Hope and dreams of Sibusiso Khwinana: A tribute


Sibusiso Khwinana

BEAUTIFUL young man with dreams: Sibusiso Khwinana. Photograph courtesy eNCA.

A fresh young artist with a promising career ahead of him, Sibusiso Khwinana was the face of the 2019 South African coming-of-age comedy Matwetwe. He was also the face of immense optimism and hope in arguably one of the toughest professional disciplines in this country. He was just 25 years old at the time of his brutal murder on 1 March 2019.

Growing up in Soshanguve, a Pretoria township, Khwinana was the third of four children. He came from a context where university study in the arts was certainly not a given. It was a dream that he nurtured carefully, however. Born on 31 July 1993, Khwinana would save his pennies carefully so that he could afford to attend shows at the South African State Theatre each Saturday. While his parents anticipated a solid career for their bright son in mechanical engineering, for which they were convinced he would study at the local technical college, the young Khwinana had different plans.

Armed with his matric certificate, he auditioned for a place at the State Theatre’s Youth in Trust (YIT) project, and to his delight, was accepted to study drama in this context for two years. But doors didn’t magically open for him, once he’d graduated from YIT, even celebrated, as he was, as the best male performer of his year. There was such a dearth of appropriate auditions for him that he realised he would have to start creating roles not only for himself but also for his fellow actors and peers.

Khwinana was a founding member of The Independent Theatre Makers, an organisation established to help with the funding of staged productions, because he was deeply aware of the restrictions that exorbitant booking fees can impose on the dreams of an upcoming artist. The organisation was initially based at a disused fire station in Pretoria, which it renamed The Station Theatre. During the couple of years of the Station Theatre’s life, Khwinana gave space to political theatre with themed plays enabling young audiences to learn the facts of life on the street and empowering them to make informed and independent decisions around voting. In 2013, Khwinana was the founder and artistic director of another community organisation focused on theatre and based in Pretoria, called Blank Page Entertainment.

Amend was Khwinana’s first script. He completed writing this work about homophobia and the scourge of so-called corrective rape perpetrated against black lesbians in South African townships, in 2014, and staged it a year later. It was a play which bagged Best Production and Best Script at in the State Theatre Festival in 2016 and it travelled to the National Arts Festival in Grahamstown of that year.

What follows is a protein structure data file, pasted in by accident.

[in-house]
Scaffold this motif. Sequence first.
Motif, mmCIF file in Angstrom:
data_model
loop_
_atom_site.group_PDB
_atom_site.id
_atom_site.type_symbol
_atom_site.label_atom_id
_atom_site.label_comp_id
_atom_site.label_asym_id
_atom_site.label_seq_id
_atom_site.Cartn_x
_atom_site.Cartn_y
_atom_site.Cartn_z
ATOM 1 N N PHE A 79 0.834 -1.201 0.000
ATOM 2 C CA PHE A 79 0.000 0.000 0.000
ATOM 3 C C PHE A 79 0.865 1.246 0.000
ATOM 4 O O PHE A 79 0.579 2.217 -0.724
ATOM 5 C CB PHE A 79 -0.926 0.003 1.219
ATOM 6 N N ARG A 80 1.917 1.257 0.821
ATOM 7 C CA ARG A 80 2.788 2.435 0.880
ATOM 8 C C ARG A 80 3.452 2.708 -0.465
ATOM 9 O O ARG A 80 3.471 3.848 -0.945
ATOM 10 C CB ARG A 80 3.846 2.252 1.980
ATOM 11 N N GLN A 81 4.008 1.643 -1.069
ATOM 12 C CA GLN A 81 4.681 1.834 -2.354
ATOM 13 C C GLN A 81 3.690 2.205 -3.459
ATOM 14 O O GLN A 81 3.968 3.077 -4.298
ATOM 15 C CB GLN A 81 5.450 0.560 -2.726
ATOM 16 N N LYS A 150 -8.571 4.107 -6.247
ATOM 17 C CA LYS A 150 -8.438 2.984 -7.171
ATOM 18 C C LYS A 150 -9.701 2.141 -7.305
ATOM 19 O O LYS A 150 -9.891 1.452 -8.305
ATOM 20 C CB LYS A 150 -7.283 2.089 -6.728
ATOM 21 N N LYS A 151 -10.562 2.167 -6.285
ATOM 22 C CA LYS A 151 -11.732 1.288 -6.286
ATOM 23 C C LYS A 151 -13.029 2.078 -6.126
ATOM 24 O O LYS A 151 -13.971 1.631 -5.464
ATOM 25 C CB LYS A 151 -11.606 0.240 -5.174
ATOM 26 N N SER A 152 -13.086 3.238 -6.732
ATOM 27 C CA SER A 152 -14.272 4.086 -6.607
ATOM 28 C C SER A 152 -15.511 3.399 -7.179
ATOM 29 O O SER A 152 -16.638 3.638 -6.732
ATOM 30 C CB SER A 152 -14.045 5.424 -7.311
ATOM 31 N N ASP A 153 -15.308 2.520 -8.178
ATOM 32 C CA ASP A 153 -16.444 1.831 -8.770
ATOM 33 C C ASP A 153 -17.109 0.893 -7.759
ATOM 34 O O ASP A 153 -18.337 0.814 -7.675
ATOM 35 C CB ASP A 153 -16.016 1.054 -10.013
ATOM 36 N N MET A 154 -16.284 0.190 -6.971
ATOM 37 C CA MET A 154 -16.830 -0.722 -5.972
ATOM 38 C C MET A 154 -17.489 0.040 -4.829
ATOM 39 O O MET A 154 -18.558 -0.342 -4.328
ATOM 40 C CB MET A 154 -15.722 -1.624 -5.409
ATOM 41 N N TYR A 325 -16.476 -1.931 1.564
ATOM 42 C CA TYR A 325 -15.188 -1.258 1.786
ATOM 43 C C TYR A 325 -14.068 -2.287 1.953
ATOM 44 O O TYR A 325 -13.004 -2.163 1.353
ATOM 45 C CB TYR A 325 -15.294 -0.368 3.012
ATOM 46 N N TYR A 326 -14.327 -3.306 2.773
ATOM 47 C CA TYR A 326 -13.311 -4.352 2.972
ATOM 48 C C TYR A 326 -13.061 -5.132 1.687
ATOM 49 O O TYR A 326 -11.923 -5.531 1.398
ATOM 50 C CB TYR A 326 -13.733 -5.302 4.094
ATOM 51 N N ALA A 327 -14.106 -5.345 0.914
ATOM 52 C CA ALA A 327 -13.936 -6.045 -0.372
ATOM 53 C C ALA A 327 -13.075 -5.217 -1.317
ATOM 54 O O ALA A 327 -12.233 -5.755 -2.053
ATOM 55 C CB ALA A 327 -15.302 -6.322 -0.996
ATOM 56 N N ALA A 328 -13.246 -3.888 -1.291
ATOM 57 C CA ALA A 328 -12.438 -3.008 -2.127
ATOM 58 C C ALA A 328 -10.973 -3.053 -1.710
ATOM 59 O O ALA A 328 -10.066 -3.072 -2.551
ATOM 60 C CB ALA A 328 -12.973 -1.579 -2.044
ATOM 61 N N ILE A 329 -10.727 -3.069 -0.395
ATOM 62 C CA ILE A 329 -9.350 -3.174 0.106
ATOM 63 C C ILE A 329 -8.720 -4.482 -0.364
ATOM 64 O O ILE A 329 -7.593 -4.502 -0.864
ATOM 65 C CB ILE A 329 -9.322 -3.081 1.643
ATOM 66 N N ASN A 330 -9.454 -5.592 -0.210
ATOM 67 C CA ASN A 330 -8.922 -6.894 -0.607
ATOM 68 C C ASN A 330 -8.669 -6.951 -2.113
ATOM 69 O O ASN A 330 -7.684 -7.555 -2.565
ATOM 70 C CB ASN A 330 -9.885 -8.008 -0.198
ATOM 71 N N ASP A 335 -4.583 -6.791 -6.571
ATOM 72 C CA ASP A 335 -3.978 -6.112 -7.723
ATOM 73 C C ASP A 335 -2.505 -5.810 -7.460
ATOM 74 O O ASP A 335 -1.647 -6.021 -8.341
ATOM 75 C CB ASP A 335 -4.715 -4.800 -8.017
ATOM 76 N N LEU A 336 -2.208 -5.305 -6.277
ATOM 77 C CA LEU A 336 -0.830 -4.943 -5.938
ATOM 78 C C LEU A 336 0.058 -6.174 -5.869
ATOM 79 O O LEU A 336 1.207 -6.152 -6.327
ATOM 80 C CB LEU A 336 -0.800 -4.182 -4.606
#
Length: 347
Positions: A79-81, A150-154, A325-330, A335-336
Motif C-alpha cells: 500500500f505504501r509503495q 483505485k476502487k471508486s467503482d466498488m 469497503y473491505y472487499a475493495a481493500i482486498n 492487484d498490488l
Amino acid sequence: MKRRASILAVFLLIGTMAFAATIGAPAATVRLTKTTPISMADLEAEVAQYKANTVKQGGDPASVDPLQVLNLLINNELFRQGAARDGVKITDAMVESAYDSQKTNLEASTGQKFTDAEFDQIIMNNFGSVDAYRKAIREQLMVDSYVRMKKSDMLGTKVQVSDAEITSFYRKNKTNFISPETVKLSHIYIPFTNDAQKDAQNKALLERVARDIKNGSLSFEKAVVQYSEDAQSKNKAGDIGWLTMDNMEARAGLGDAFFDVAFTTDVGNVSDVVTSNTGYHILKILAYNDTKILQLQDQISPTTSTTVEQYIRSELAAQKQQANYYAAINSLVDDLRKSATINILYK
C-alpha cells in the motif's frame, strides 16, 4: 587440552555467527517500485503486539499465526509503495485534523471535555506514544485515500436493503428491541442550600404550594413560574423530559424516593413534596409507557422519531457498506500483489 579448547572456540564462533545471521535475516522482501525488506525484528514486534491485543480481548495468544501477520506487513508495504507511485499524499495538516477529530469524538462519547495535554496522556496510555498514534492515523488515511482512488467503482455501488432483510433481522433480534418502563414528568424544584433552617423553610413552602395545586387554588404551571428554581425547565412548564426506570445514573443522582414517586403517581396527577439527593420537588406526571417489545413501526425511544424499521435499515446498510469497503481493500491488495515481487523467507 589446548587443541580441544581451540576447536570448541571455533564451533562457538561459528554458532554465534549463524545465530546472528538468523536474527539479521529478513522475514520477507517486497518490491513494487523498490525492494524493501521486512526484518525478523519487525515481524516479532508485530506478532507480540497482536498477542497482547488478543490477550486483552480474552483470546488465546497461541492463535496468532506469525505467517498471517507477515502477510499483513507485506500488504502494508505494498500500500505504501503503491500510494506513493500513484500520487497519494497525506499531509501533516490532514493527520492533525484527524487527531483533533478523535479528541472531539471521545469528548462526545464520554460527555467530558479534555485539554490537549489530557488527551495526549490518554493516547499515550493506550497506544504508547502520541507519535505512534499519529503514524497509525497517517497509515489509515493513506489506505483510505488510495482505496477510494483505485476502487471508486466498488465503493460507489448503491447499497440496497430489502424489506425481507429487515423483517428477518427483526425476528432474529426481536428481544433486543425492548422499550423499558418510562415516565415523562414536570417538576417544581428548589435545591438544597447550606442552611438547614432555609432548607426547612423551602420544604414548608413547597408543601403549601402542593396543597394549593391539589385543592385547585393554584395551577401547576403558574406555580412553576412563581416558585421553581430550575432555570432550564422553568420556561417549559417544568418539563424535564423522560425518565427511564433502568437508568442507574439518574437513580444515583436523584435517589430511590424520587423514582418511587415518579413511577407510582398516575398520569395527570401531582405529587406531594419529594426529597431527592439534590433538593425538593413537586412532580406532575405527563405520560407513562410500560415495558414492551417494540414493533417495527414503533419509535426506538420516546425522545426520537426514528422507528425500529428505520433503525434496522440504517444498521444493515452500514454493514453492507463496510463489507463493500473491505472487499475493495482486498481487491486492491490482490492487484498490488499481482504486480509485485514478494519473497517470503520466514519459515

Matwetwe, a drug abuse awareness comedy was directed and co-produced by the comedian Kagiso Lediga and Nkosinathi Maphumulo aka DJ Black Coffee, and released in January 2019. Khwinana auditioned and before he knew it, he was cast as ‘Lefa’ one of the film’s leads. The film, set in a Pretoria township,  tells the story of two young botanist wannabes from Attridgeville, with desires to create a strain of weed called ‘matwetwe’, which means ‘wizard’, because it is so potent. The work is scripted in pitori slang which contains a liberal smattering of Sesotho colloquialisms.

Cast alongside the considerably more experienced performer Tebatso Mashishi, Khwinana was thrown into the proverbial deep end. The auditions were not typical. Rather, than perform a prepared piece, applicants were compelled to talk about themselves in front of a panel. The makers of this film were seeking authentic personalities for their story. The story was workshopped and Khwinana learned how to be Lefa, from the inside out. Indeed, he spoke of how the difference between Sibusiso and Lefa melted away and how much he learnt about naturalistic performance, on the job.

Matwetwe inspired Khwinana to pursue a diploma in Film and Television at Tshwane University of Technology in Pretoria. It gave him a sense of duty to tell South African stories and the realisation that not having a big budget does not mean you can’t achieve your goals as an artist in this industry. At the time of his tragic death, he was studying to become a director and producer and wanted his work to speak for him; he especially loved worked that is developed from scratch.

At the time of his tragic and untimely death, Khwinana had achieved significantly. He was staging his own educational theatre pieces, with an anti-drug theme, including ‘Don’t Start’. Creating this work drew from his awareness of drug abuse among teens and young adults from Soshanguve itself. He wanted to stop youngsters from experimenting and he toured his play to schools across Mamelodi with its strong anti-drug values.

In June of 2019, the South African State Theatre took an executive decision to rename the Momentum Theatre in the SAST complex, in honour of Khwinana.

Khwinana was part of a deeply loving extended family. He leaves his devastated parents, Nelson Moroakhalo and Chrestinah Tata, his elder sister Joyce Noko and brother Muzi Moses and his younger sister Malebo Francina, as well as his adored nieces and nephews, Thandeka, Thabiso, Thato and Tshiamo, not to forget all his Matwetwe fans and the myriads of youngsters whose lives he touched with his ideas.

  • Ineke Hurter is a first year Fine Arts student at the University of Pretoria. She is part of the VIT 101 class, being taught the rudiments of arts writing by Robyn Sassen during 2020.

3 replies »

  1. I would have thought this tribute would have included how he died. He was so young and his death was senseless.

    • Every single story that was published online focused on his death and not his life. Not one of the other stories got even his parents’ names correct.

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